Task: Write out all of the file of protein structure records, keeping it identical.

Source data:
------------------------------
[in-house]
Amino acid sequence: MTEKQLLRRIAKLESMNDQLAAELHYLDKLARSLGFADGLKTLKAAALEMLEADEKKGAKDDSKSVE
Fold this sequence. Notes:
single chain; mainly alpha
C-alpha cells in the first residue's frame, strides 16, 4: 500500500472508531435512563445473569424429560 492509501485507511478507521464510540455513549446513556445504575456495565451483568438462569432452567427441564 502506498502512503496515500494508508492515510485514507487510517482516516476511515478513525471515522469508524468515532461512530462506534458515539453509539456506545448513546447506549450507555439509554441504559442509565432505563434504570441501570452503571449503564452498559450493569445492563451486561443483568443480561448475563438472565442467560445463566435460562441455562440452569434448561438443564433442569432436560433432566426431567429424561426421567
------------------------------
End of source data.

[in-house]
Amino acid sequence: MTEKQLLRRIAKLESMNDQLAAELHYLDKLARSLGFADGLKTLKAAALEMLEADEKKGAKDDSKSVE
Fold this sequence. Notes:
single chain; mainly alpha
C-alpha cells in the first residue's frame, strides 16, 4: 500500500472508531435512563445473569424429560 492509501485507511478507521464510540455513549446513556445504575456495565451483568438462569432452567427441564 502506498502512503496515500494508508492515510485514507487510517482516516476511515478513525471515522469508524468515532461512530462506534458515539453509539456506545448513546447506549450507555439509554441504559442509565432505563434504570441501570452503571449503564452498559450493569445492563451486561443483568443480561448475563438472565442467560445463566435460562441455562440452569434448561438443564433442569432436560433432566426431567429424561426421567